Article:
As the Direct Benefits Transfer (DBT) programme moves to expand over more schemes, there are numerous operational challenges to be met. When it comes to the Public Distribution System (PDS), there have been two distinct approaches adopted so far – unconditional cash transfers or DBT and e-PDS or end to end automation of PDS. In the report Feeding India’s Poor: Plugging Leakages, Without Doing Any Harm, Isvary Sivalingam and Lokesh Singh evaluate the two models as undertaken by different states, and list specific conditions for their success. Each state should take its own decisions to adopt and adapt the most suited model, “considering the local social context and presence of important pre-requisites, such as better targeted communication campaign, streamlined enrolment process, robust banking network, sufficient DBT amount, and an overarching beneficiary-centric grievance redressal mechanism”.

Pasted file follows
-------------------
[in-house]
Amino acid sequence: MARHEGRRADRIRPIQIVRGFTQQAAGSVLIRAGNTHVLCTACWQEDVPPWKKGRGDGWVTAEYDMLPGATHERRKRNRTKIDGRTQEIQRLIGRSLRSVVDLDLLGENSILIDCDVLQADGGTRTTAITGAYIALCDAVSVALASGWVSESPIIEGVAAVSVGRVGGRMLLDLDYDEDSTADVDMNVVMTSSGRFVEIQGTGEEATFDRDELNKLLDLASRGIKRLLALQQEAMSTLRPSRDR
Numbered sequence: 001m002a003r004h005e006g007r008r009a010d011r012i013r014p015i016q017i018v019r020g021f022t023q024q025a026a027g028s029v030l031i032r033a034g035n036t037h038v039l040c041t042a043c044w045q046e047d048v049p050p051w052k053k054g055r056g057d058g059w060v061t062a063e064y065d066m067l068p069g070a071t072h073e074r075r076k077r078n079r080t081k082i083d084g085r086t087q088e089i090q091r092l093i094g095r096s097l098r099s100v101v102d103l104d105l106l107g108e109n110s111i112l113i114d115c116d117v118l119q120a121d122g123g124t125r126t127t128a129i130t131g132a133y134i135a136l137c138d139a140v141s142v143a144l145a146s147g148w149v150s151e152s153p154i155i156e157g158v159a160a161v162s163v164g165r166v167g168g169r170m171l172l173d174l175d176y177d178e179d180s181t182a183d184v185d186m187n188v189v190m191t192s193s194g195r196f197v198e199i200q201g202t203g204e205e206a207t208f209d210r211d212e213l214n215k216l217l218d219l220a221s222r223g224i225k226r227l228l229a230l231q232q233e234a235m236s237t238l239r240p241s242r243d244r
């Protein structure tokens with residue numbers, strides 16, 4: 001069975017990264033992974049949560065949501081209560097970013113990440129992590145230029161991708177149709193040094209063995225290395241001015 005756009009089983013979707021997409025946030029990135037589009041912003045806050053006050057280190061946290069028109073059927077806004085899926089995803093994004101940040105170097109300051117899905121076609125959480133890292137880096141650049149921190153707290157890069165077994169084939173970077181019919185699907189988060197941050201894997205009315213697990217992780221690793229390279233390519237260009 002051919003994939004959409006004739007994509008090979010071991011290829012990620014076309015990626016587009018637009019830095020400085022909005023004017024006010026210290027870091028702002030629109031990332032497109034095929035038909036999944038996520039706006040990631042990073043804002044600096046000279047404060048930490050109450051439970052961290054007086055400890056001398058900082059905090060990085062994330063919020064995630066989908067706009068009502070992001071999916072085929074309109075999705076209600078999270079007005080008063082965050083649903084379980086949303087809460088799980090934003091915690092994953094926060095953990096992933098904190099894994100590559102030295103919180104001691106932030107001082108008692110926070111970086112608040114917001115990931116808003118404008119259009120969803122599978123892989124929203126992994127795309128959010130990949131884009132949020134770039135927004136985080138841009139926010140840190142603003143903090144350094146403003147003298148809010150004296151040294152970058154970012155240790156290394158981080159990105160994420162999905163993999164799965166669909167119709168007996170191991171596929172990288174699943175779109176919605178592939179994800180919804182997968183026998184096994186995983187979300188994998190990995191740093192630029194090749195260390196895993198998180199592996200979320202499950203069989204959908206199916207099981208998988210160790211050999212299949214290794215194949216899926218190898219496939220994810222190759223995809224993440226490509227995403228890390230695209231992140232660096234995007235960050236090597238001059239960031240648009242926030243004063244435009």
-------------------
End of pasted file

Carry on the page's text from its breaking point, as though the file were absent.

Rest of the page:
India’s Payments Banks were in the news last month, with three of the eleven licensees withdrawing. However, as Sumita Kale and SV Divvaakar of Indicus note, there is no cause for doom in the industry, the churn is good as it will leave the strong long haulers in the fray (Don't write off payments banks, Mint, 1st June).
India Post received Cabinet nod for its Payments Bank, and 50 companies have already sent partnership proposals - Why everyone wants a piece of India Post's payments bank (Mint, 4th June).